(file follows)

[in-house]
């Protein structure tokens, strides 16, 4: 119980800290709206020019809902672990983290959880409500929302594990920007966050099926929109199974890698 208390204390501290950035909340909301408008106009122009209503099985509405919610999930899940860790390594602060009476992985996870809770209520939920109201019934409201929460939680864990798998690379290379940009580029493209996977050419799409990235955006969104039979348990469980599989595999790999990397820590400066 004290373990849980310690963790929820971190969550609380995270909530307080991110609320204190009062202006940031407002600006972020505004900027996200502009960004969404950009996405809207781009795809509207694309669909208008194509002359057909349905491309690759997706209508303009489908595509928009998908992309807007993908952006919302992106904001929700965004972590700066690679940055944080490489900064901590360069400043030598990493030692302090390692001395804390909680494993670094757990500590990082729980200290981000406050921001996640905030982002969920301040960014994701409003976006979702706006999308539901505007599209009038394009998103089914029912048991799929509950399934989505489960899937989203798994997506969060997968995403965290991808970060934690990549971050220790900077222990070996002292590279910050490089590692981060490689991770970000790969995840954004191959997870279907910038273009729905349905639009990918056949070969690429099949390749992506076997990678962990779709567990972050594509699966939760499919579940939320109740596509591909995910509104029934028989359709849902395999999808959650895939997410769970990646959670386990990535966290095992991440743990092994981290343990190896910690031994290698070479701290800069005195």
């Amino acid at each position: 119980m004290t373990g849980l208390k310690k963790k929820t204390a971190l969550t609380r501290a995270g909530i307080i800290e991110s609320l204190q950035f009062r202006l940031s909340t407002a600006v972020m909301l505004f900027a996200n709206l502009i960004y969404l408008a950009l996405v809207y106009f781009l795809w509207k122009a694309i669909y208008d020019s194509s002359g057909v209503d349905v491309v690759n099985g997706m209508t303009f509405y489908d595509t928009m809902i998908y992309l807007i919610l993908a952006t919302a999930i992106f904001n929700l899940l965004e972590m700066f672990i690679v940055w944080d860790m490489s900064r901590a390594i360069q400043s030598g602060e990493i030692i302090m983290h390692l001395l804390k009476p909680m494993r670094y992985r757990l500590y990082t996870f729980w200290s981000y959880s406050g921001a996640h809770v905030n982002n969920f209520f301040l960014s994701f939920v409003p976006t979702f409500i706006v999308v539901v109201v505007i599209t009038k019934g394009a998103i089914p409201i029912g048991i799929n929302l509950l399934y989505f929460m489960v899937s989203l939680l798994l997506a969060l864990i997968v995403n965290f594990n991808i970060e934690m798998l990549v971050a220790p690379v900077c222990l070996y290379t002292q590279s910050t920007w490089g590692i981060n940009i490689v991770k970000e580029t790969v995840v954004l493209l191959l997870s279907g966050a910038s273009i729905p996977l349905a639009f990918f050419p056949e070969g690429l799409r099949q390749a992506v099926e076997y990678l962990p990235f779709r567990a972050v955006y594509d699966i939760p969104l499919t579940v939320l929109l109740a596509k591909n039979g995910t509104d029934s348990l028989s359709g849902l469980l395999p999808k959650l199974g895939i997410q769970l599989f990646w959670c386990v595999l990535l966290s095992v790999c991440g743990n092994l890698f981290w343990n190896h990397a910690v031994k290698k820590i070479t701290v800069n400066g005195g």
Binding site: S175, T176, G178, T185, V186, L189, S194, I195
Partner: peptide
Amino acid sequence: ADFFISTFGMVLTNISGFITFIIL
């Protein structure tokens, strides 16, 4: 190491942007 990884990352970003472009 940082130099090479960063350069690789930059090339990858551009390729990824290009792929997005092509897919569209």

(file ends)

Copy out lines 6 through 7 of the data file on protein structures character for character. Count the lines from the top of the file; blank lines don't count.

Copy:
Amino acid sequence: ADFFISTFGMVLTNISGFITFIIL
């Protein structure tokens, strides 16, 4: 190491942007 990884990352970003472009 940082130099090479960063350069690789930059090339990858551009390729990824290009792929997005092509897919569209």